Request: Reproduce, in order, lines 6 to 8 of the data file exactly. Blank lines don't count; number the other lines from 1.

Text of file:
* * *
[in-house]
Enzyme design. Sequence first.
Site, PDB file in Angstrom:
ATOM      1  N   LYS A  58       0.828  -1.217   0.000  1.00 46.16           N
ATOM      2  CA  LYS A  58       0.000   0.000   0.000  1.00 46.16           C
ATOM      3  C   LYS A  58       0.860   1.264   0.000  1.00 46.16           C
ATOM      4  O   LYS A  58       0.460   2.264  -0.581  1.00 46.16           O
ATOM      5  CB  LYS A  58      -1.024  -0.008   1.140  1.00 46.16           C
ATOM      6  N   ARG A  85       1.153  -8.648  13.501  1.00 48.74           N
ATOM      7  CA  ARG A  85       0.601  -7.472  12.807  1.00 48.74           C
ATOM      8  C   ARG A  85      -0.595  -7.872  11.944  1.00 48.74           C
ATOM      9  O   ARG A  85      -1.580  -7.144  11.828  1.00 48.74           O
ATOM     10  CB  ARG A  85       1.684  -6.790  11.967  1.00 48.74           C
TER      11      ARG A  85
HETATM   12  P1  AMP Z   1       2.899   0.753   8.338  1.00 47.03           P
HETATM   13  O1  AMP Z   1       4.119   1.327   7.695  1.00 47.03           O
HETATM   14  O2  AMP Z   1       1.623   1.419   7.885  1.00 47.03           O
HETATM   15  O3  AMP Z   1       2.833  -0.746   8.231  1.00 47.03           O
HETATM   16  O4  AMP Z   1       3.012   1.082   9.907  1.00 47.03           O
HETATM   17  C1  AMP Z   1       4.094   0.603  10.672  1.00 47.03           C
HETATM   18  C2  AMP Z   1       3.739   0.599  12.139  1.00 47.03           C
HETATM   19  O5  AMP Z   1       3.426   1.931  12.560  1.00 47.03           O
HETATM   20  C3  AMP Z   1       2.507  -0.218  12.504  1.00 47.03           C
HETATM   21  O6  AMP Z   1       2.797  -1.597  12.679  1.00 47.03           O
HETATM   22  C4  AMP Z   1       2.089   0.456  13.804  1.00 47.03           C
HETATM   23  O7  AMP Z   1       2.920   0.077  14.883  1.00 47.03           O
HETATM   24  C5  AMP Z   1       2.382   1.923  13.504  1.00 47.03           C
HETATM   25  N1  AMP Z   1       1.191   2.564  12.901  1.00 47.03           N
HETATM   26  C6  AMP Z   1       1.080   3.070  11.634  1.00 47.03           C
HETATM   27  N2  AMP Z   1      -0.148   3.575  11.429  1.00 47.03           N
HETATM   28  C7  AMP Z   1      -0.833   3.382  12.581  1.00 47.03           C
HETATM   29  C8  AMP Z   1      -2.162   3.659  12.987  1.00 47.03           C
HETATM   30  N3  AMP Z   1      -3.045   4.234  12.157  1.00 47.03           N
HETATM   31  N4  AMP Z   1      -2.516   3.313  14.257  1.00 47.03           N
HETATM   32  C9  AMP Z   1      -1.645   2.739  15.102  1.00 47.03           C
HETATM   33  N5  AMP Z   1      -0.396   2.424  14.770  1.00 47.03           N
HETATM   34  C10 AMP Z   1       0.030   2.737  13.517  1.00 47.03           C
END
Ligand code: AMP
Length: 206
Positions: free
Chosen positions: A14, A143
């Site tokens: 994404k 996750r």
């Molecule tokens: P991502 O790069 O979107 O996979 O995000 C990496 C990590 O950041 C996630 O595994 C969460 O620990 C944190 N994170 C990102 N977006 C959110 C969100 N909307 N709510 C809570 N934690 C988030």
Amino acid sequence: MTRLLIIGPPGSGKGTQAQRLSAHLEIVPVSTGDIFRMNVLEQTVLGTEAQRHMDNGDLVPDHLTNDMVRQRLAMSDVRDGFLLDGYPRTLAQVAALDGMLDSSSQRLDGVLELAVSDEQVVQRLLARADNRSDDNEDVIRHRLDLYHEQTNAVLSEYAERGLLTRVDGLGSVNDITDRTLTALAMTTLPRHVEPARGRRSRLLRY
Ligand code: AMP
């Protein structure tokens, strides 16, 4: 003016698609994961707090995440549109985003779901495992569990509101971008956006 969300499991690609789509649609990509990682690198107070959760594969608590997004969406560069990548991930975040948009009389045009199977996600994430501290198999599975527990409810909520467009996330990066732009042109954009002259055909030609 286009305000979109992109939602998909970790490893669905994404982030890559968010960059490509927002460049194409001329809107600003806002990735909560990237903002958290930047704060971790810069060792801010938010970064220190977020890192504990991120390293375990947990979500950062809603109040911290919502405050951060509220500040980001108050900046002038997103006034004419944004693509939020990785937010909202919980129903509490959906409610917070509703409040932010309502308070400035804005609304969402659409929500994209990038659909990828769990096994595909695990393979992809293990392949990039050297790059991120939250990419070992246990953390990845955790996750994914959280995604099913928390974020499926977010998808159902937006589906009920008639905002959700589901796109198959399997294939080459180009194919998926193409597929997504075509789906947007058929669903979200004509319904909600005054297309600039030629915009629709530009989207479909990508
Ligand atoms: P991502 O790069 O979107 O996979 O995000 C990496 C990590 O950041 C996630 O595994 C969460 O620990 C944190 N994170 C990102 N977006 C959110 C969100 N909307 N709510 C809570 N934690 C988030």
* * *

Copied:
ATOM      3  C   LYS A  58       0.860   1.264   0.000  1.00 46.16           C
ATOM      4  O   LYS A  58       0.460   2.264  -0.581  1.00 46.16           O
ATOM      5  CB  LYS A  58      -1.024  -0.008   1.140  1.00 46.16           C